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Fathers, sons celebrate Day 2 of NHL draft as familiar names pop up on board

PHILADELPHIA - Fathers and sons celebrated Saturday as the NHL draft went into high gear for rounds two through seven.

Lemieux, MacInnis, Smith and Donato were soon off the board. Turgeon, Wesley, Mantha, Marchment, Nanne and Audette followed as picks were announced in rapid-fire fashion at Wells Fargo Center.

And, of course, there was another Sutter

For some of the kids, the wait from Friday's first round was agonizing.

"Definitely I was disappointed," said Brendan Lemieux, son of four-time Stanley Cup champion Claude Lemieux. "I expected to be a first-round pick and never really even looked at the second round. But that being said, things have a way of working out, And I think it could be a blessing in disguise that I had to wait it out.

"I'm proud to be picked with the first pick of the second round. I'm just going to use it as fuel."

The Barrie Colts winger, who went 31st overall to the Buffalo Sabres to open Saturday's second stage of the draft, also got some fatherly advice

"At the end of the day, as I told him this morning, I was a second-round pick myself and it worked out pretty well," said Claude Lemieux, the 1995 Conn Smythe winner who played for the Montreal Canadiens, New Jersey Devils, Colorado Avalanche, Phoenix Coyotes, Dallas Stars and San Jose Sharks. "Maybe it's a blessing."

Claude was taken 26th overall in the '83 draft by the Canadiens.

Kitchener Rangers centre Ryan MacInnis, son of Hall of Fame defenceman Al MacInnis, went 43rd overall to the Arizona Coyotes. Oshawa winger Hunter Smith, nephew of Brad Smith, was taken 54th overall by Calgary. High school centre Ryan Donato, son of Ted Donato, went two picks later in the second round to Boston.

The third round saw Portland centre Dominic Turgeon, son of Pierre Turgeon go to Detroit 63rd overall while Plymouth defenceman Josh Wesley, son of Glen Wesley, went to Carolina (96th overall) and USHL defenceman Ryan Mantha, nephew of Moe Mantha Jr., went to the Rangers (104th overall). The Rangers took high school defenceman Tyler Nanne, grandson of Lou Nanne, in the fifth round before Montreal picked Sherbrooke centre Daniel Audette, son of Donald Audette 147th overall.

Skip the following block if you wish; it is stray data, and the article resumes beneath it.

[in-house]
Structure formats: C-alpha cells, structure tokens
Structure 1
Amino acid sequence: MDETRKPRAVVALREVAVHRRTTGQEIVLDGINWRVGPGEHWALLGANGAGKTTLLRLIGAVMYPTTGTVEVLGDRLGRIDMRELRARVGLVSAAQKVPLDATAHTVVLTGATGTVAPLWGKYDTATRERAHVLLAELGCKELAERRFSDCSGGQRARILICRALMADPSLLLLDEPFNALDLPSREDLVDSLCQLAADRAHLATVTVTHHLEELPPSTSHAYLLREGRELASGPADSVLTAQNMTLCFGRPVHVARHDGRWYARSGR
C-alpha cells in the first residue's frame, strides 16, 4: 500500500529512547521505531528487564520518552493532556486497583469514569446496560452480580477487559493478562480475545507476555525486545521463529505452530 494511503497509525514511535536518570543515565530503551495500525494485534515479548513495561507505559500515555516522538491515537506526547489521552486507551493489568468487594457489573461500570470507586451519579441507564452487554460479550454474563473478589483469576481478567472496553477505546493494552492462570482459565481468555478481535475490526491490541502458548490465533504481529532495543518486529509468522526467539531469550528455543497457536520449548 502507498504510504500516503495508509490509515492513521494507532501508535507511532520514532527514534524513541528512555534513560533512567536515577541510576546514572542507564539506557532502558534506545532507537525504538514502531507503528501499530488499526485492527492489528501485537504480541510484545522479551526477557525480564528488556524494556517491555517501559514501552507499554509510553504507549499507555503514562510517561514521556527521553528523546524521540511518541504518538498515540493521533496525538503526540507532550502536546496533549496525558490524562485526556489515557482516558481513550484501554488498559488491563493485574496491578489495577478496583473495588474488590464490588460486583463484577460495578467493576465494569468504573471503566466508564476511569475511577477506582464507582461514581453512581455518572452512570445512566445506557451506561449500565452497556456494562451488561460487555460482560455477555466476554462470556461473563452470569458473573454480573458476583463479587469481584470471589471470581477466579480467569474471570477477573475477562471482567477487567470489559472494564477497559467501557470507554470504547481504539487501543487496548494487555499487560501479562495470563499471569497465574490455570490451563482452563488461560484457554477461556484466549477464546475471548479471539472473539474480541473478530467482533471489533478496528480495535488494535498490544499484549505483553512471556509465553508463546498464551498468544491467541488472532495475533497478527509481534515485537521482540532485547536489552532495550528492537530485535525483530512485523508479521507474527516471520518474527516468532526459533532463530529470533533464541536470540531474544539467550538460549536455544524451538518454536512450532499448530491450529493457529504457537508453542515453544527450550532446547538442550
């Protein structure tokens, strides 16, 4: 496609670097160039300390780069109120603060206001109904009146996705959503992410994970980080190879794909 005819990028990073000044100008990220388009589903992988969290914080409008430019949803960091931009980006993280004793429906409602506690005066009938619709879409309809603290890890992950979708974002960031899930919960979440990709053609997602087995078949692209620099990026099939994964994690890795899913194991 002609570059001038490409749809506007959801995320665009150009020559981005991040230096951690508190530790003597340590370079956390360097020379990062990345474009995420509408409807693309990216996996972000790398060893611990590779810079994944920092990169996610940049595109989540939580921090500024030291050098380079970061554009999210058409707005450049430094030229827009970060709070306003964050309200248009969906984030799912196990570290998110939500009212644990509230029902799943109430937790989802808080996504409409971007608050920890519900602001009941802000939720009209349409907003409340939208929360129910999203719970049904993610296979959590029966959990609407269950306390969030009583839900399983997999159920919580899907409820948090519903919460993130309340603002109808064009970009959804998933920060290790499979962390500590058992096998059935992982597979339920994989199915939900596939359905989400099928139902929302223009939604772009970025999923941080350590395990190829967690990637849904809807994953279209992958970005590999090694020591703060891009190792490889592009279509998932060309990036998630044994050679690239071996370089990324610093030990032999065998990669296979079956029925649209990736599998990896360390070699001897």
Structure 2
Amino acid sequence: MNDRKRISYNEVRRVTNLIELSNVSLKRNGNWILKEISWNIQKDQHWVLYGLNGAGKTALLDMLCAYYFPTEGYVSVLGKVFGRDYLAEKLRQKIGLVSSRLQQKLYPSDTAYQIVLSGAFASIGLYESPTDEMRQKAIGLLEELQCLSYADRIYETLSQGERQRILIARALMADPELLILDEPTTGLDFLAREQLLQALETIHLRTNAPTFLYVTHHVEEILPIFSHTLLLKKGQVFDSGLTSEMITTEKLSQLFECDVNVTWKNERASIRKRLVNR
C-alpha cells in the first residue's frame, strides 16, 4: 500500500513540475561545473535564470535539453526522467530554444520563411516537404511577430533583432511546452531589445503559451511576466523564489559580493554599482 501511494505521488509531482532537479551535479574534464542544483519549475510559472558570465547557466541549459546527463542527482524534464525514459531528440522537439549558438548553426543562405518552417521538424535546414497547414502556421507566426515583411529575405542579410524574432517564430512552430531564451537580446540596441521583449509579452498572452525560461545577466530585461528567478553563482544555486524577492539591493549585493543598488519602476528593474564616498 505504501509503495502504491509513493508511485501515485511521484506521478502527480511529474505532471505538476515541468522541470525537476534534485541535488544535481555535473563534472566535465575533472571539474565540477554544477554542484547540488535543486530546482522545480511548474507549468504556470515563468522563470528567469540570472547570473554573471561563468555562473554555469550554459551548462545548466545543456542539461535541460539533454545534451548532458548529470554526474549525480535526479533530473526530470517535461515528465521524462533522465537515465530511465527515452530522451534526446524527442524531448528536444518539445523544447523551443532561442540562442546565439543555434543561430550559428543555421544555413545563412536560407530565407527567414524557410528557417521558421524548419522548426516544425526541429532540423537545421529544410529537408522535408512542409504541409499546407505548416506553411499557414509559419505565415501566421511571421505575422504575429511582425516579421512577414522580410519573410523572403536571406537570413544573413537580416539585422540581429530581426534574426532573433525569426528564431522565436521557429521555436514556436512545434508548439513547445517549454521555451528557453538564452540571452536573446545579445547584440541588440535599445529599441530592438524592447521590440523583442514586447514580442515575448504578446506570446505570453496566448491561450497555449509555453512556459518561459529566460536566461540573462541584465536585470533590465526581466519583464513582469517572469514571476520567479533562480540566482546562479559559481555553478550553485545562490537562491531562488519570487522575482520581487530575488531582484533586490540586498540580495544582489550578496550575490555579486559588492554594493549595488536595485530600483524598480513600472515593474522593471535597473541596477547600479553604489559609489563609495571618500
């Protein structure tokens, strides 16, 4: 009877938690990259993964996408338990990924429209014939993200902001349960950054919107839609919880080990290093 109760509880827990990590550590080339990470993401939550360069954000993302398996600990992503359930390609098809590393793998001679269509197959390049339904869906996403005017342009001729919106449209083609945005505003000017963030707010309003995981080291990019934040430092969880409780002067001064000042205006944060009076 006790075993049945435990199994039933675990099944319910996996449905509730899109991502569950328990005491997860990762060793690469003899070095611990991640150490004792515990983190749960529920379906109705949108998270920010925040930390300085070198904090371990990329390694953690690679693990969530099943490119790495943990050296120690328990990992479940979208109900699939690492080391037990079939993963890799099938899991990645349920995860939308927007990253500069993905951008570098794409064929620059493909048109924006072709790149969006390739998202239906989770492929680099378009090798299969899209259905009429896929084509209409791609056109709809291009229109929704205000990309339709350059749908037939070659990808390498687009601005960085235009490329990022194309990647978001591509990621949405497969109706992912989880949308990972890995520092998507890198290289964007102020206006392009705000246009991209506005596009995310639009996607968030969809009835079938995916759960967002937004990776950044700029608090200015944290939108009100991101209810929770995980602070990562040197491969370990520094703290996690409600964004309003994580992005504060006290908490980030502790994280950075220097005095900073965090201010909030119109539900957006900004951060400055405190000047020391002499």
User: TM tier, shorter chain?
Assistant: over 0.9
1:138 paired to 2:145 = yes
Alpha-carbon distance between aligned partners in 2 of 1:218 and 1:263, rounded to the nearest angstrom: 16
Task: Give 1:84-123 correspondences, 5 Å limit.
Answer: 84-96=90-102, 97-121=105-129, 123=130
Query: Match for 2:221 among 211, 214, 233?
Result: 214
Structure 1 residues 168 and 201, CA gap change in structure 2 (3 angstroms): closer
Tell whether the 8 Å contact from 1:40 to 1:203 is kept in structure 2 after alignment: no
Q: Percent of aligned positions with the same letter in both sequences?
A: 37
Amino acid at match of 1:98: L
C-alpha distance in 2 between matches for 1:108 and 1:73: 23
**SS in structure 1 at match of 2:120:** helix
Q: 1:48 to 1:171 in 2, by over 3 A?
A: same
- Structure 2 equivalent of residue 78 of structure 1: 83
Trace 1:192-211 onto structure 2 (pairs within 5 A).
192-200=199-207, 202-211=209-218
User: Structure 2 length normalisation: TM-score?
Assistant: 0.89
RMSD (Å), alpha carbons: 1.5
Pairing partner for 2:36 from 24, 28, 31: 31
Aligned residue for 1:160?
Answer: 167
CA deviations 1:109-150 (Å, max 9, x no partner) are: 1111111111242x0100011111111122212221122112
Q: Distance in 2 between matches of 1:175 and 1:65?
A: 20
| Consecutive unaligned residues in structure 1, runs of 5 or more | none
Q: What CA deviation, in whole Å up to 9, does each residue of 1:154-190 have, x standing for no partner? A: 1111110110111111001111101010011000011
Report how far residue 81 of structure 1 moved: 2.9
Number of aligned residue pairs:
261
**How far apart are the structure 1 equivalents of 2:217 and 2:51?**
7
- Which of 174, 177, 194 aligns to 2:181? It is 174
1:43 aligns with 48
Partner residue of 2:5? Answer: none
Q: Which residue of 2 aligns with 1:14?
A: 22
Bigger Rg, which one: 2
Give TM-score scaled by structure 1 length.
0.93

Belleville centre Jake Marchment, nephew of Bryan Marchment, went 157th overall to Los Angeles in the sixth round. Red Deer centre Lukas Sutter, son of Rich Sutter and connected to a bunch more Sutters, went in the seventh round, 200th overall, to the Islanders.

And there were more bloodline picks.

The kids bring their own skills to the table, but could not escape comparisons to their famous relatives.

How is your shot, Ryan MacInnis was asked in reference to his dad's howitzer from the point.

"Not as good as his," was the reply.

Dominic Turgeon also reminded reporters he was a different player than his father.

"He was a highly offensive player in the NHL," said Turgeon Jr. "I feel like right now my game is very strong defensively. But I feel like as time goes on, my offensive game is going to really jump into new perspectives."

Claude Lemieux, playing the role of father rather than on-ice agitator, downplayed any comparisons.

"I don't know about that, big shoes to fill," he said when asked about following in his footsteps. "I was pretty hated. Hopefully he's not like that."

Daniel Audette also got some advice from his father, who was picked in the ninth round (183rd overall) of the 1989 draft.

"Just to enjoy the moment," said Daniel. "He came out really late in the draft and told me that he still had a wonderful day, one of the best days of his life. That's the way I took it today."

Donald Audette, a scout with the Canadiens, played no part in Montreal's pre-draft discussions on his son. He was asked to leave the room when his son came up.

"I think it's more difficult watching your son go through (the draft than doing it yourself)," said Audette Sr. "Because as a father, nobody wants to see his kid getting hurt or anything like that."

There was a run on goalies in the second round with the Calgary Flames taking Mason McDonald of the Charlotte Islanders 34th overall by the Calgary Flames.

McDonald did not stress over the second-day selection.

"I actually had a pretty good sleep," he said. "I thought about it a little before I went to bed. It was the night before that really got me, I didn't get any sleep, but (Friday) night I got back to the hotel, had a bite to eat and passed out right away."

Thatcher Demko of Boston College went two picks later to the Vancouver Canucks. Fellow goalies Alex Nedeljkovic of the Plymouth Whalers went next to Carolina while Czech netminder Vitek Vanecek was taken 39th overall by Washington.

Demko, from San Diego, becomes the highest-drafted California-born goalie in NHL history.

Sault Ste. Marie goalie Brandon Halverson also went in the second round, 59th overall, to the Rangers.

Some 210 players from 12 countries were drafted. Canada led the way with 77 followed by 67 for the U.S. representing that country's highest percentage (32 per cent) of selections.

NOTES—The OHL led all leagues with 41 players selected in the draft, followed by the WHL (37), USHL (30) and Swedish junior (21) ... The Blues and Kings led the draft with 10 picks apiece. The Bruins, Ducks, Penguins and Senators had the fewest with five each.


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